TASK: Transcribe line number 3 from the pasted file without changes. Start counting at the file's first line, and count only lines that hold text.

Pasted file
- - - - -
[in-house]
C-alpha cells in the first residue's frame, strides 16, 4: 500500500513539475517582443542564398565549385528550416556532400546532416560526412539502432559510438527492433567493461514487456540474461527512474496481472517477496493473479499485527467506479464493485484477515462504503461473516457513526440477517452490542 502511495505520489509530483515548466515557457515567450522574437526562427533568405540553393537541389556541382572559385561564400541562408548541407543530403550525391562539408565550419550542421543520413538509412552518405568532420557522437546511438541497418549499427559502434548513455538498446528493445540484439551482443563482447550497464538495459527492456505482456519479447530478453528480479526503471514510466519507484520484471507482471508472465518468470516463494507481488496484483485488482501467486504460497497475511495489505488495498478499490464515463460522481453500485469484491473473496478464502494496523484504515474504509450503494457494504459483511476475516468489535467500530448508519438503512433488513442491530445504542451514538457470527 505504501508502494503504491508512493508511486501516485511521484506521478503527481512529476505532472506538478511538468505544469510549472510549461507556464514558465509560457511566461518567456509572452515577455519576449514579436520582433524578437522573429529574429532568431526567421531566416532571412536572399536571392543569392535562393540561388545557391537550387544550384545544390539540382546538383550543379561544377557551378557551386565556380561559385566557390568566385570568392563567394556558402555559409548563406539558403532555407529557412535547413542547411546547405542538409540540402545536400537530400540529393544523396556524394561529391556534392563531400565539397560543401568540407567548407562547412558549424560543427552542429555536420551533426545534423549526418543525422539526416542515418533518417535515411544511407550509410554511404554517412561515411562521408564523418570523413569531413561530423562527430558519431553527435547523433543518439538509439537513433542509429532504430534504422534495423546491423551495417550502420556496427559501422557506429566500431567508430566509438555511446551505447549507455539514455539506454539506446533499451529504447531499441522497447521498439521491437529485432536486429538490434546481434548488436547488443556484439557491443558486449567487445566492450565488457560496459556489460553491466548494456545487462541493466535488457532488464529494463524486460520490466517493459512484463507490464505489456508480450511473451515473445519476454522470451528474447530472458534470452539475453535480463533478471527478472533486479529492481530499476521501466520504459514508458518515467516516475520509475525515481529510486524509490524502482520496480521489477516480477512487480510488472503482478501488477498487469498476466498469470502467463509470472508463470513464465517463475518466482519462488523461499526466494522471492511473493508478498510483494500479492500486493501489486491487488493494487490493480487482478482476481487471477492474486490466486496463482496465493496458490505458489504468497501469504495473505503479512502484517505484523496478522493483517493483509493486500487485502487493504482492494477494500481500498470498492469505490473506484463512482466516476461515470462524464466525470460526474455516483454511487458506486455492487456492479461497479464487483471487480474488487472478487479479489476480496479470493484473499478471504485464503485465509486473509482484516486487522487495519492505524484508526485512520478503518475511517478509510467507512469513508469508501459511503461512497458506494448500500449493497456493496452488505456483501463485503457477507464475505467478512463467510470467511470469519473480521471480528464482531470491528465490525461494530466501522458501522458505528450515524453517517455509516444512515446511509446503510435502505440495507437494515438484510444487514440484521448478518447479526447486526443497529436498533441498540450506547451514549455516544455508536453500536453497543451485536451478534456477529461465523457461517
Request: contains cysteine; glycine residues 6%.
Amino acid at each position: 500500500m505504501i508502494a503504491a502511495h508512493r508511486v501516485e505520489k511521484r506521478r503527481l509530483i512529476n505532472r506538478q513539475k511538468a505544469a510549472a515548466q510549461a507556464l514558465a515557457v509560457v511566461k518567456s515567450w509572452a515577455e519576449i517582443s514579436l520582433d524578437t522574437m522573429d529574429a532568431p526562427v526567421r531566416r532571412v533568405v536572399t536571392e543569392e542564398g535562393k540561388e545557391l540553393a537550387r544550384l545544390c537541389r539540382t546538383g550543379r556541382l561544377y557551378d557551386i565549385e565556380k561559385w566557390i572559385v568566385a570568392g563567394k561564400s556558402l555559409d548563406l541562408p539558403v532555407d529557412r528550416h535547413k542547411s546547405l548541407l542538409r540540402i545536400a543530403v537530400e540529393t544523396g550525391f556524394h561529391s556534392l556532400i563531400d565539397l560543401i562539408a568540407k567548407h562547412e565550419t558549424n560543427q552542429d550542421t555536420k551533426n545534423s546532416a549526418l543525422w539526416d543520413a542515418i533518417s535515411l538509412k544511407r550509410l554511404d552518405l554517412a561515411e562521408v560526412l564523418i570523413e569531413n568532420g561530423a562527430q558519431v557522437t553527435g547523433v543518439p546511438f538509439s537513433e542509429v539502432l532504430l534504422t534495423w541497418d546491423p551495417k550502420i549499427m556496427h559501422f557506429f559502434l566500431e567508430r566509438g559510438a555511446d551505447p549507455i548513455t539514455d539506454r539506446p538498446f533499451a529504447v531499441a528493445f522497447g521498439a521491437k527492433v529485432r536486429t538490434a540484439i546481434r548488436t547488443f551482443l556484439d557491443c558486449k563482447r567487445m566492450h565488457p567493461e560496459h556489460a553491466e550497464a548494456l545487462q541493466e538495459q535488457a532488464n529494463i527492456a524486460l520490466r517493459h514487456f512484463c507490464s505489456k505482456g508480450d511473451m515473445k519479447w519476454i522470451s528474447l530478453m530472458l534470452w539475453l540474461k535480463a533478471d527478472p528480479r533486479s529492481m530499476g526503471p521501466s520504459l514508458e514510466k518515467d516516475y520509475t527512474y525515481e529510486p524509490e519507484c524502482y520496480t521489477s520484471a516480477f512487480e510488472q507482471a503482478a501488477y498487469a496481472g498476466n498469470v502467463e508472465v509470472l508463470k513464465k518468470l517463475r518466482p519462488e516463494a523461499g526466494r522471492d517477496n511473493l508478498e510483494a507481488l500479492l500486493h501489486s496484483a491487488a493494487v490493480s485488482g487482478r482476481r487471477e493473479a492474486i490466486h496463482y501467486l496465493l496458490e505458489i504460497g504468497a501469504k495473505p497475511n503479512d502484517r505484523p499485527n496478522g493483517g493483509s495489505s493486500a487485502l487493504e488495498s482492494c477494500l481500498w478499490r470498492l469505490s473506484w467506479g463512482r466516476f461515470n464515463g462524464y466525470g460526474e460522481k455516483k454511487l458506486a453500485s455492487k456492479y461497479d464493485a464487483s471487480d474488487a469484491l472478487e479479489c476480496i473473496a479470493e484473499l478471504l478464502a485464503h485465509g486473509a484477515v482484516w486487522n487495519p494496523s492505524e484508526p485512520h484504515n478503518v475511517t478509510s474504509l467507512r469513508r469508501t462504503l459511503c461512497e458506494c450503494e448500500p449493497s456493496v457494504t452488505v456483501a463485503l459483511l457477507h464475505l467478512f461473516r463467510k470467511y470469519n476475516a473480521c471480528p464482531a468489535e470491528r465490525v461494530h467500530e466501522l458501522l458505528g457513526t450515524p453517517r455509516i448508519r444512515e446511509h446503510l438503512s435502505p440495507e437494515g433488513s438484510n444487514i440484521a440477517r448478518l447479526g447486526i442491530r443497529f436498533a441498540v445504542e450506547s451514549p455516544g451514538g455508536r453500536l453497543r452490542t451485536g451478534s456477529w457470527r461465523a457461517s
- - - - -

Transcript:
Request: contains cysteine; glycine residues 6%.